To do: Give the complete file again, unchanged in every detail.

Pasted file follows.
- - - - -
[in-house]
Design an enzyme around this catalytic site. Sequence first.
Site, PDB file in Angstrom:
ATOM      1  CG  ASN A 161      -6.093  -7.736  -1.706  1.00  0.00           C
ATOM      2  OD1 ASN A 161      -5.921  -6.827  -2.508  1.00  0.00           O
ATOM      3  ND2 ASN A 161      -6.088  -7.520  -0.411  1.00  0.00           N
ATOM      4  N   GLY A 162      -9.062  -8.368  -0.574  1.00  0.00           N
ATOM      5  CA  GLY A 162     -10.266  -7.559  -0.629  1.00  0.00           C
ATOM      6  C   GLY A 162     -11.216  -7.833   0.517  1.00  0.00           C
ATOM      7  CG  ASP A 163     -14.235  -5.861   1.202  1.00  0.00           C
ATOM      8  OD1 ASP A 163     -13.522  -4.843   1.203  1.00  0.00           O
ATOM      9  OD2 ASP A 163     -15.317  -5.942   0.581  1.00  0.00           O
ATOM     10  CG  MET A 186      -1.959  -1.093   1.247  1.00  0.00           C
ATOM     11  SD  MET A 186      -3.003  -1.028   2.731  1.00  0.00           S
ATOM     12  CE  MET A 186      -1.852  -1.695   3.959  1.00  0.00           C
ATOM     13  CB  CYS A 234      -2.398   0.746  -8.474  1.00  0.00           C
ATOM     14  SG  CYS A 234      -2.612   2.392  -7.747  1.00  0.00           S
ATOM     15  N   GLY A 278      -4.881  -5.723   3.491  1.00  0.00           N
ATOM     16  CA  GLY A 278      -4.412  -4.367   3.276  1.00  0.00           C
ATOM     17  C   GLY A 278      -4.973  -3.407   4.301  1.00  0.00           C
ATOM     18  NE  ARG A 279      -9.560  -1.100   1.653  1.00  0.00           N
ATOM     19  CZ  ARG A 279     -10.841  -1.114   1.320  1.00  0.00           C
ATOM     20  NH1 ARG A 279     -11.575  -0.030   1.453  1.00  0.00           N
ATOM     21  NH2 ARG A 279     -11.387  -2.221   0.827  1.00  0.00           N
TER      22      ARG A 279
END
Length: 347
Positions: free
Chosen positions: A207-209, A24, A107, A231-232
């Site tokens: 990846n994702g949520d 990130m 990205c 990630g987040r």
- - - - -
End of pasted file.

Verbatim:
[in-house]
Design an enzyme around this catalytic site. Sequence first.
Site, PDB file in Angstrom:
ATOM      1  CG  ASN A 161      -6.093  -7.736  -1.706  1.00  0.00           C
ATOM      2  OD1 ASN A 161      -5.921  -6.827  -2.508  1.00  0.00           O
ATOM      3  ND2 ASN A 161      -6.088  -7.520  -0.411  1.00  0.00           N
ATOM      4  N   GLY A 162      -9.062  -8.368  -0.574  1.00  0.00           N
ATOM      5  CA  GLY A 162     -10.266  -7.559  -0.629  1.00  0.00           C
ATOM      6  C   GLY A 162     -11.216  -7.833   0.517  1.00  0.00           C
ATOM      7  CG  ASP A 163     -14.235  -5.861   1.202  1.00  0.00           C
ATOM      8  OD1 ASP A 163     -13.522  -4.843   1.203  1.00  0.00           O
ATOM      9  OD2 ASP A 163     -15.317  -5.942   0.581  1.00  0.00           O
ATOM     10  CG  MET A 186      -1.959  -1.093   1.247  1.00  0.00           C
ATOM     11  SD  MET A 186      -3.003  -1.028   2.731  1.00  0.00           S
ATOM     12  CE  MET A 186      -1.852  -1.695   3.959  1.00  0.00           C
ATOM     13  CB  CYS A 234      -2.398   0.746  -8.474  1.00  0.00           C
ATOM     14  SG  CYS A 234      -2.612   2.392  -7.747  1.00  0.00           S
ATOM     15  N   GLY A 278      -4.881  -5.723   3.491  1.00  0.00           N
ATOM     16  CA  GLY A 278      -4.412  -4.367   3.276  1.00  0.00           C
ATOM     17  C   GLY A 278      -4.973  -3.407   4.301  1.00  0.00           C
ATOM     18  NE  ARG A 279      -9.560  -1.100   1.653  1.00  0.00           N
ATOM     19  CZ  ARG A 279     -10.841  -1.114   1.320  1.00  0.00           C
ATOM     20  NH1 ARG A 279     -11.575  -0.030   1.453  1.00  0.00           N
ATOM     21  NH2 ARG A 279     -11.387  -2.221   0.827  1.00  0.00           N
TER      22      ARG A 279
END
Length: 347
Positions: free
Chosen positions: A207-209, A24, A107, A231-232
């Site tokens: 990846n994702g949520d 990130m 990205c 990630g987040r």